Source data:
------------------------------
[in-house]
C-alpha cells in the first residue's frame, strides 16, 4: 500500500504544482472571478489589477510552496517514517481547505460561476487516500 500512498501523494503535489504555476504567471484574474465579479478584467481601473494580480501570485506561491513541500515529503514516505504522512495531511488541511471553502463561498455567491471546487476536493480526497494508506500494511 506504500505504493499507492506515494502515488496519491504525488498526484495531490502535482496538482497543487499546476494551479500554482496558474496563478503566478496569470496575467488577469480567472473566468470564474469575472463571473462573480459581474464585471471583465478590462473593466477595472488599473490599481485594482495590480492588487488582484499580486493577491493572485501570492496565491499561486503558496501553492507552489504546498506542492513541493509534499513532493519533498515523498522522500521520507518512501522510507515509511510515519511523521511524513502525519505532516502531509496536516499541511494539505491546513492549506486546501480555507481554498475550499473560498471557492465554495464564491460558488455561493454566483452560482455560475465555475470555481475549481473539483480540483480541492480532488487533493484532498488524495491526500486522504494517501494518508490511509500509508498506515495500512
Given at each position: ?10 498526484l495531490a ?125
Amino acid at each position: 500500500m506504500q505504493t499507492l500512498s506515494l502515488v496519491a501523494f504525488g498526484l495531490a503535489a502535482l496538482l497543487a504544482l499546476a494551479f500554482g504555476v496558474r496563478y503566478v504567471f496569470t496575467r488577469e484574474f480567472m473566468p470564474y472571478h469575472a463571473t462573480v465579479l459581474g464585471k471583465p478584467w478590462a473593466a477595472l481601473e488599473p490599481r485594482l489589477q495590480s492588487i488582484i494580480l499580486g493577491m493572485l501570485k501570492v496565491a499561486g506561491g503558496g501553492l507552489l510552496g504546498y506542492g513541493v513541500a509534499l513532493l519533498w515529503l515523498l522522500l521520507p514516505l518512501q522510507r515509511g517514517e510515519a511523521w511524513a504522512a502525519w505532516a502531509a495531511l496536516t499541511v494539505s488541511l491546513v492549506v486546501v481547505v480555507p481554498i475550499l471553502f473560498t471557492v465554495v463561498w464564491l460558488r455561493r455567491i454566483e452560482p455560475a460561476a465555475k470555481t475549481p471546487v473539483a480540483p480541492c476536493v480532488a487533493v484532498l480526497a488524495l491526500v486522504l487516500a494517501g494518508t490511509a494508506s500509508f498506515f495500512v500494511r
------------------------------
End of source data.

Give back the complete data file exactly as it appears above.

[in-house]
C-alpha cells in the first residue's frame, strides 16, 4: 500500500504544482472571478489589477510552496517514517481547505460561476487516500 500512498501523494503535489504555476504567471484574474465579479478584467481601473494580480501570485506561491513541500515529503514516505504522512495531511488541511471553502463561498455567491471546487476536493480526497494508506500494511 506504500505504493499507492506515494502515488496519491504525488498526484495531490502535482496538482497543487499546476494551479500554482496558474496563478503566478496569470496575467488577469480567472473566468470564474469575472463571473462573480459581474464585471471583465478590462473593466477595472488599473490599481485594482495590480492588487488582484499580486493577491493572485501570492496565491499561486503558496501553492507552489504546498506542492513541493509534499513532493519533498515523498522522500521520507518512501522510507515509511510515519511523521511524513502525519505532516502531509496536516499541511494539505491546513492549506486546501480555507481554498475550499473560498471557492465554495464564491460558488455561493454566483452560482455560475465555475470555481475549481473539483480540483480541492480532488487533493484532498488524495491526500486522504494517501494518508490511509500509508498506515495500512
Given at each position: ?10 498526484l495531490a ?125
Amino acid at each position: 500500500m506504500q505504493t499507492l500512498s506515494l502515488v496519491a501523494f504525488g498526484l495531490a503535489a502535482l496538482l497543487a504544482l499546476a494551479f500554482g504555476v496558474r496563478y503566478v504567471f496569470t496575467r488577469e484574474f480567472m473566468p470564474y472571478h469575472a463571473t462573480v465579479l459581474g464585471k471583465p478584467w478590462a473593466a477595472l481601473e488599473p490599481r485594482l489589477q495590480s492588487i488582484i494580480l499580486g493577491m493572485l501570485k501570492v496565491a499561486g506561491g503558496g501553492l507552489l510552496g504546498y506542492g513541493v513541500a509534499l513532493l519533498w515529503l515523498l522522500l521520507p514516505l518512501q522510507r515509511g517514517e510515519a511523521w511524513a504522512a502525519w505532516a502531509a495531511l496536516t499541511v494539505s488541511l491546513v492549506v486546501v481547505v480555507p481554498i475550499l471553502f473560498t471557492v465554495v463561498w464564491l460558488r455561493r455567491i454566483e452560482p455560475a460561476a465555475k470555481t475549481p471546487v473539483a480540483p480541492c476536493v480532488a487533493v484532498l480526497a488524495l491526500v486522504l487516500a494517501g494518508t490511509a494508506s500509508f498506515f495500512v500494511r